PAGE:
Business Planning: Choosing the Right Business for You

Millions of people dream of starting their own business each year.  A small fraction of those are brave enough to actually take the plunge.

The most difficult decision that entrepreneurs face when they make the decision to work for themselves is in deciding what type of business they want to go into.  Before you rush into something merely based on what may make you the most money, you should take an honest look at the priorities of you and your family.  Running your own business can bring you much more than financial success or failure, it can bring you a much broader sense of fulfillment and control that you could ever expect.

It is absolutely vital for you to think things through before you jump into business ownership. Too many entrepreneurs end up bored and discouraged because they didn’t take the time to consider their options and select the right path for them. Take a little time now to set a vision for yourself to set up the ultimate success of your business, it will make the road you take that much more enjoyable.

To help you make an insightful decision, there are some simple questions you can ask to help you choose your own path….

What do you want to do with your time?
In the United States, the average employee spends 40 hours a week at work, 2080 hours working a year. That is a fraction of the time you will work if you run your own business. In an office, you have a departments for finance, office management, human resources, sales and marketing, business development, and much more. In your own business, you run the whole show 24 hours a day / 7 days a week / 365 days a year. Choosing the right business for you is critical to your success when you are investing that kind of time and passion into something. Pick something that will keep you excited and interested. If you do something you truly love, you won’t mind the long hours. If you like what you do, it won’t feel like the grind of doing work (at least most of the time.)

What are your skills?
We all have things that we are good at. Sit down and make a list of things that you do well (even things like hobbies) and you may be surprised at some of the business options open to you. The important thing is to find a business in which you will really shine and be well-suited for the critical functions of that business. You don’t need to do everything well, there are lots of outside consultants and contractors that can help you in the areas where you don’t shine so don’t let what you don’t know scare you away from doing something you will truly enjoy.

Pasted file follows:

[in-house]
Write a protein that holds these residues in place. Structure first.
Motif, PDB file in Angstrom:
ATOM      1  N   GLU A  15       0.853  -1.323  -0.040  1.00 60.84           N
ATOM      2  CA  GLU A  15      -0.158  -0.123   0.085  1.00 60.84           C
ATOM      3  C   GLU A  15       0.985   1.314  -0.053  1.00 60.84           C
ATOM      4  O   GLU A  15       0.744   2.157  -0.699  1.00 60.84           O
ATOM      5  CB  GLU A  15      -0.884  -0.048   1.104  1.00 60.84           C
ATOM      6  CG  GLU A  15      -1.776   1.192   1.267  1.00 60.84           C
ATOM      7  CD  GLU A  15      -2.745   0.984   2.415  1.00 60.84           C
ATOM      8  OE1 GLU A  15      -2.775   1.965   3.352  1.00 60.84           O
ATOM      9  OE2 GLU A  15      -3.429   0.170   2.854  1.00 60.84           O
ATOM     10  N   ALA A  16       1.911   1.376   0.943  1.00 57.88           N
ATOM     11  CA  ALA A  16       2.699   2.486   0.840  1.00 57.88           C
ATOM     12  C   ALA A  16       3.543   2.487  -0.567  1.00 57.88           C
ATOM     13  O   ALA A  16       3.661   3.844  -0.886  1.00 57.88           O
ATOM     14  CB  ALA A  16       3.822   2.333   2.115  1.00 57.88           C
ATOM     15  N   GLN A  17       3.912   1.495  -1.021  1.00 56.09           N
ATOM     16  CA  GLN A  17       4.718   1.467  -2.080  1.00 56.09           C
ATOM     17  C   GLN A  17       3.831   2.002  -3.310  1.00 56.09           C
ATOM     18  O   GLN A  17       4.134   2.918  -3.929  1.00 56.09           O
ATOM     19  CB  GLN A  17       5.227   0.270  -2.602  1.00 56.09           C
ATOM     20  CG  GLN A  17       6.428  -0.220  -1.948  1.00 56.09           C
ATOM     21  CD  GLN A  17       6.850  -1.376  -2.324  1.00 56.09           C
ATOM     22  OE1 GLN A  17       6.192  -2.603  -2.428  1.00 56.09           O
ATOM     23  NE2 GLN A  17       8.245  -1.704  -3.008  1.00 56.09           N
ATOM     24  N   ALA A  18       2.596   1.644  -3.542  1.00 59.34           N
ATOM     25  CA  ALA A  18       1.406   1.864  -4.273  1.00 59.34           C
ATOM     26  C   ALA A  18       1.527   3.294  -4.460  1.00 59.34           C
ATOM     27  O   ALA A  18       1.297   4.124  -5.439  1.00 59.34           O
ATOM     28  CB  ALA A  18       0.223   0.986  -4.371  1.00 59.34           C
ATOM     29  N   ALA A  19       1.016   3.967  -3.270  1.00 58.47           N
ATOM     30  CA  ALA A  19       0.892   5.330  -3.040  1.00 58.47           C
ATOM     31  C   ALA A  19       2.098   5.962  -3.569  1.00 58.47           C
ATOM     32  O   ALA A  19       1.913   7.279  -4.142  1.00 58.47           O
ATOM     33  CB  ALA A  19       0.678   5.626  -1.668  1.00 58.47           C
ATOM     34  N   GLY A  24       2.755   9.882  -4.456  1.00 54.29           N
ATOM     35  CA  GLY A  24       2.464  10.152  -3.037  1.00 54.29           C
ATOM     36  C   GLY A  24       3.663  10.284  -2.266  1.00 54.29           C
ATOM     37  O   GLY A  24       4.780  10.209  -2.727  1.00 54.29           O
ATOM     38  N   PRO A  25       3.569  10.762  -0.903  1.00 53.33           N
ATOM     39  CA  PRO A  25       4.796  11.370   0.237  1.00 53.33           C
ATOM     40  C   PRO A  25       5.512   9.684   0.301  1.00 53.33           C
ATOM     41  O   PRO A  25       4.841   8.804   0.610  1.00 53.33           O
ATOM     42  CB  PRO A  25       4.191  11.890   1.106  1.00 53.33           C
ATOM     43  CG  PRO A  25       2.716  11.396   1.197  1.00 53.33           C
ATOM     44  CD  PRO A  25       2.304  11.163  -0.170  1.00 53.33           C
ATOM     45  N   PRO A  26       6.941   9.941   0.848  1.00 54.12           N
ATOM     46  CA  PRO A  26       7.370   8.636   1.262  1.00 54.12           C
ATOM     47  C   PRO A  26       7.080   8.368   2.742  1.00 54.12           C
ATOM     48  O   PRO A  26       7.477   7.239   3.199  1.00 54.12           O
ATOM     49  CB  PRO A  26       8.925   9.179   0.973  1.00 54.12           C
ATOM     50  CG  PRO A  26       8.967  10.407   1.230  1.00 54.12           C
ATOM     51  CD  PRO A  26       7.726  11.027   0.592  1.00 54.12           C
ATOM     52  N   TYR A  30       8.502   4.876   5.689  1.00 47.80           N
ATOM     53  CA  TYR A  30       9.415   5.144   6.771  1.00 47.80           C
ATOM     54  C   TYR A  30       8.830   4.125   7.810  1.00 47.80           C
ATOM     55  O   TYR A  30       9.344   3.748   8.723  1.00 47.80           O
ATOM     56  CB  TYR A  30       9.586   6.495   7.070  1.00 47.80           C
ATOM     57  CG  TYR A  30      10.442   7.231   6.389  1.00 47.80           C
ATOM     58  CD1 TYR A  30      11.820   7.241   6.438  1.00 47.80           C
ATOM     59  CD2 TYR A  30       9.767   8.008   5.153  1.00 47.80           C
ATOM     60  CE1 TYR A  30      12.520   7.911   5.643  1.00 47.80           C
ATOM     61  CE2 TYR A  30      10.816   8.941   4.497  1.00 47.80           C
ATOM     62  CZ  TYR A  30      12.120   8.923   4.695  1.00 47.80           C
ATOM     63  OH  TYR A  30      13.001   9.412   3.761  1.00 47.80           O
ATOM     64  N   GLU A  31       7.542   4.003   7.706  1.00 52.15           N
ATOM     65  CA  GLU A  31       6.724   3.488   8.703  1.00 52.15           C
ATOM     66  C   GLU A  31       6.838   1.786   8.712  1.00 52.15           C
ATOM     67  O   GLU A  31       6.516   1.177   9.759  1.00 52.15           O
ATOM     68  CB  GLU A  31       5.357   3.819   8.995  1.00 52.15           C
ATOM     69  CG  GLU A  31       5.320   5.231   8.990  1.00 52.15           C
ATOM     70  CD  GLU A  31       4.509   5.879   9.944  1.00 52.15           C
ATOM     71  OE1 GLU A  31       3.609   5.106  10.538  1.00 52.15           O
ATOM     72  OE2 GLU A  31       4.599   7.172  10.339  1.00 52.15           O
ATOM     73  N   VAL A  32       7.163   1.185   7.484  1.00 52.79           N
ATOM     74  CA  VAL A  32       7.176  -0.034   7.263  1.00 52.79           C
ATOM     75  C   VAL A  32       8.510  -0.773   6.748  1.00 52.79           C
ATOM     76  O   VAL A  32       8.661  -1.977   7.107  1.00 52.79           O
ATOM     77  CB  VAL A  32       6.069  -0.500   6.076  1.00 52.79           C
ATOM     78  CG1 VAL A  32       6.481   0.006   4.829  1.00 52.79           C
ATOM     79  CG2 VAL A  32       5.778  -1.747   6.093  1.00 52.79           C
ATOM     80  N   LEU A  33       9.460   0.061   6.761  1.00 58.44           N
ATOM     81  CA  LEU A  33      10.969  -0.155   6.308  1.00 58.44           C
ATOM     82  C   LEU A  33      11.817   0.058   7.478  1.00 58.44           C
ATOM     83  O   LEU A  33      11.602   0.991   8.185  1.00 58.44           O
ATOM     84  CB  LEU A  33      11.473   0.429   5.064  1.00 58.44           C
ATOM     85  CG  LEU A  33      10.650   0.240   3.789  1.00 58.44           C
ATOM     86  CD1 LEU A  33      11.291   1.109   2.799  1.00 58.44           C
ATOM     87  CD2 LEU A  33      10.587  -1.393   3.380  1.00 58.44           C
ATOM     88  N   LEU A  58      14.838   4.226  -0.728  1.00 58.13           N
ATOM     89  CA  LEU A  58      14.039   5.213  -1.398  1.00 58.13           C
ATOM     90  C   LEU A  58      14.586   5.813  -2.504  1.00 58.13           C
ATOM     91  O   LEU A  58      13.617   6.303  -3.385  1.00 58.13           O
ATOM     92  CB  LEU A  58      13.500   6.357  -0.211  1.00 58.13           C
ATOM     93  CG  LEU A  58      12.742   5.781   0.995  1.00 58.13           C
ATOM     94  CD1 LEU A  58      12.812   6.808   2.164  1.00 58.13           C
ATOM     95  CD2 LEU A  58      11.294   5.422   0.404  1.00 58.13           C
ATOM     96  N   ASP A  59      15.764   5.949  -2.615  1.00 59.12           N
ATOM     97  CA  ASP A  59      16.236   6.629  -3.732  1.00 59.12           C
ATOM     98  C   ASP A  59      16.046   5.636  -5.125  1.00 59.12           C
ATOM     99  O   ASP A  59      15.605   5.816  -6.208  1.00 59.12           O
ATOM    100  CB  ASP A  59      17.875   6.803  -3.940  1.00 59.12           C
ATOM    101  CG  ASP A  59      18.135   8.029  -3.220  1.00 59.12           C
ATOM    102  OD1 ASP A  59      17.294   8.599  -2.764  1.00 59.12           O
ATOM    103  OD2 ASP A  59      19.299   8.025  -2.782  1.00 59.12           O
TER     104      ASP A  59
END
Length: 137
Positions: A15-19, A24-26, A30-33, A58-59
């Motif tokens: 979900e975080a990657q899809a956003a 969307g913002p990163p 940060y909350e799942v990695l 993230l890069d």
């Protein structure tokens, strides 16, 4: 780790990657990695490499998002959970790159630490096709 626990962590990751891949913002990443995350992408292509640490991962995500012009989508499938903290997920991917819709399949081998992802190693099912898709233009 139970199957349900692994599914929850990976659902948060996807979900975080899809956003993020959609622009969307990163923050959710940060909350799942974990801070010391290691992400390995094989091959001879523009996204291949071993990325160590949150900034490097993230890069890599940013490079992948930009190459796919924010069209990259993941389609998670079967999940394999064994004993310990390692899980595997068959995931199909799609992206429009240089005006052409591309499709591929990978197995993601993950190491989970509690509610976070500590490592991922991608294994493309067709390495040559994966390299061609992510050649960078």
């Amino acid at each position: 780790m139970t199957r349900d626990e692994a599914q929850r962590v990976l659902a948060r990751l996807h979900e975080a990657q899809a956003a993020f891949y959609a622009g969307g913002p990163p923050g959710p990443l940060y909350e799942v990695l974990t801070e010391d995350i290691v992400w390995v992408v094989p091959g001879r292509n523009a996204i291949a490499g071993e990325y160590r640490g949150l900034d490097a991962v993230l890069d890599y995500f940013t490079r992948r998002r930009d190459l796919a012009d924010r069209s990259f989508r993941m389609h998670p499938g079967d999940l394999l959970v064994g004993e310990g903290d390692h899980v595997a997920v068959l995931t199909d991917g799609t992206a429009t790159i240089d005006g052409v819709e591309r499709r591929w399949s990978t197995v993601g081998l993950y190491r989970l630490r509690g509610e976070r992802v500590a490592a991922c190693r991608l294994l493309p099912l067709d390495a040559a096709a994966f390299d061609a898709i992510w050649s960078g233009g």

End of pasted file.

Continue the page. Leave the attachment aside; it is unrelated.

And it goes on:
What business fits your lifestyle?
When you are considering businesses make sure you take into account the type of lifestyle you want to lead. If working at home is your priority, you should consider an e-commerce based business that doesn’t involve travel. If you need flexibility in your schedule, you can consider project based businesses such as graphic design, website development or writing where a set schedule is not critical to business.

What about the money?
Let’s be honest, money does need to be a criteria in determining what business you want to run. You need to sit down and carefully consider your business financing requirements. If you have limited resources and don’t want to seek out financing, select something that you can grow organically without outside funding. Start small and let the business revenues provide the operational and growth capital you’ll need. Many businesses can require small amounts of capital to start and that may be the best route to take if you are just starting out. For example, with my own consulting business all I started out with was my laptop and a phone line. Once you get established you can develop additional marketing materials such as business cards and brochures or a website as you grow.

Do you have an exit strategy?

It may surprise you but you should always have a plan of how you will exit your business if or when the time comes. Do you want to sell it? Do you want to keep it forever? Are you ready to liquidate if it doesn’t work? Picking an exit strategy at the start will help you eliminate future legal and tax headaches for later.

About the author:    The Business Girl is Terri Sullivan Biehn.  I have been a professional business writer and management consultant for more than fifteen years.  As a management consultant, I work with entrepreneurs to develop business plans and other documents.  Through my consulting practice, I coach entrepreneurs and small business owners on their general start-up, marketing, financial, operational and management issues.